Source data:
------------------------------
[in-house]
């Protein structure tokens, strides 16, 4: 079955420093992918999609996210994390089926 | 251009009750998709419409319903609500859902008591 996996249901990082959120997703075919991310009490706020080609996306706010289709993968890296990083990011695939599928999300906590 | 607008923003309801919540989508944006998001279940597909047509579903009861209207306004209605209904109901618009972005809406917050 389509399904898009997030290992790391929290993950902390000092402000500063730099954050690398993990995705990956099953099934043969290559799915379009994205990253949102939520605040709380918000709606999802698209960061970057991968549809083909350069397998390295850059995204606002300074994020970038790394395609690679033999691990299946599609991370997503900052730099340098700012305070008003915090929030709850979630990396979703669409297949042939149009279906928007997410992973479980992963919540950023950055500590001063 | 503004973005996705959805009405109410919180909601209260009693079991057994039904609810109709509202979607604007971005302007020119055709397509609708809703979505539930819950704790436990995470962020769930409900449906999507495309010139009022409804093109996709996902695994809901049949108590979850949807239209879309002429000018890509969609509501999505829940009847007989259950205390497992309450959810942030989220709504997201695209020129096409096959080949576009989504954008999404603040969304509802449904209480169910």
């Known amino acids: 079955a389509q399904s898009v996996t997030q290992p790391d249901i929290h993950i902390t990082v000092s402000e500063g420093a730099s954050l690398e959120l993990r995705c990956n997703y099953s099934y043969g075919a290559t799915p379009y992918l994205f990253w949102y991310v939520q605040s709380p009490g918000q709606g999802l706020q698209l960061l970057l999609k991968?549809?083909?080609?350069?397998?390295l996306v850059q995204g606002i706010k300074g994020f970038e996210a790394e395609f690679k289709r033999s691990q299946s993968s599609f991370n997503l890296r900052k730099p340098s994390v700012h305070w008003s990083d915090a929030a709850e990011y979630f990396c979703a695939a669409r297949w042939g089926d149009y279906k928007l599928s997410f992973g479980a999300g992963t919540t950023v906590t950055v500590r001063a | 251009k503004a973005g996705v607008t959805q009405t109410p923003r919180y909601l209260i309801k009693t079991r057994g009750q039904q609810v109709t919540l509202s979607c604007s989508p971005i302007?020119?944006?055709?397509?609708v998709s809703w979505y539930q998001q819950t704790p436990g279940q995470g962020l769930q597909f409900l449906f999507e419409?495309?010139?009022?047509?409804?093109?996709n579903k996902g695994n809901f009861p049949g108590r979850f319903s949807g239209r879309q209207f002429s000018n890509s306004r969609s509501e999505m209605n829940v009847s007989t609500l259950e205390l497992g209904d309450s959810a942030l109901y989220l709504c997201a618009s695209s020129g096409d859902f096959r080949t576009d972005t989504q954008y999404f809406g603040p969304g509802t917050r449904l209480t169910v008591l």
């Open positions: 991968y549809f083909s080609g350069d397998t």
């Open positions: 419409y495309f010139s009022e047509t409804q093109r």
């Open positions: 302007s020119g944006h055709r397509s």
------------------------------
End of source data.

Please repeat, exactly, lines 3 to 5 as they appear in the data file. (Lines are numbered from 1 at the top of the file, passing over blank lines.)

């Known amino acids: 079955a389509q399904s898009v996996t997030q290992p790391d249901i929290h993950i902390t990082v000092s402000e500063g420093a730099s954050l690398e959120l993990r995705c990956n997703y099953s099934y043969g075919a290559t799915p379009y992918l994205f990253w949102y991310v939520q605040s709380p009490g918000q709606g999802l706020q698209l960061l970057l999609k991968?549809?083909?080609?350069?397998?390295l996306v850059q995204g606002i706010k300074g994020f970038e996210a790394e395609f690679k289709r033999s691990q299946s993968s599609f991370n997503l890296r900052k730099p340098s994390v700012h305070w008003s990083d915090a929030a709850e990011y979630f990396c979703a695939a669409r297949w042939g089926d149009y279906k928007l599928s997410f992973g479980a999300g992963t919540t950023v906590t950055v500590r001063a | 251009k503004a973005g996705v607008t959805q009405t109410p923003r919180y909601l209260i309801k009693t079991r057994g009750q039904q609810v109709t919540l509202s979607c604007s989508p971005i302007?020119?944006?055709?397509?609708v998709s809703w979505y539930q998001q819950t704790p436990g279940q995470g962020l769930q597909f409900l449906f999507e419409?495309?010139?009022?047509?409804?093109?996709n579903k996902g695994n809901f009861p049949g108590r979850f319903s949807g239209r879309q209207f002429s000018n890509s306004r969609s509501e999505m209605n829940v009847s007989t609500l259950e205390l497992g209904d309450s959810a942030l109901y989220l709504c997201a618009s695209s020129g096409d859902f096959r080949t576009d972005t989504q954008y999404f809406g603040p969304g509802t917050r449904l209480t169910v008591l």
């Open positions: 991968y549809f083909s080609g350069d397998t």
């Open positions: 419409y495309f010139s009022e047509t409804q093109r």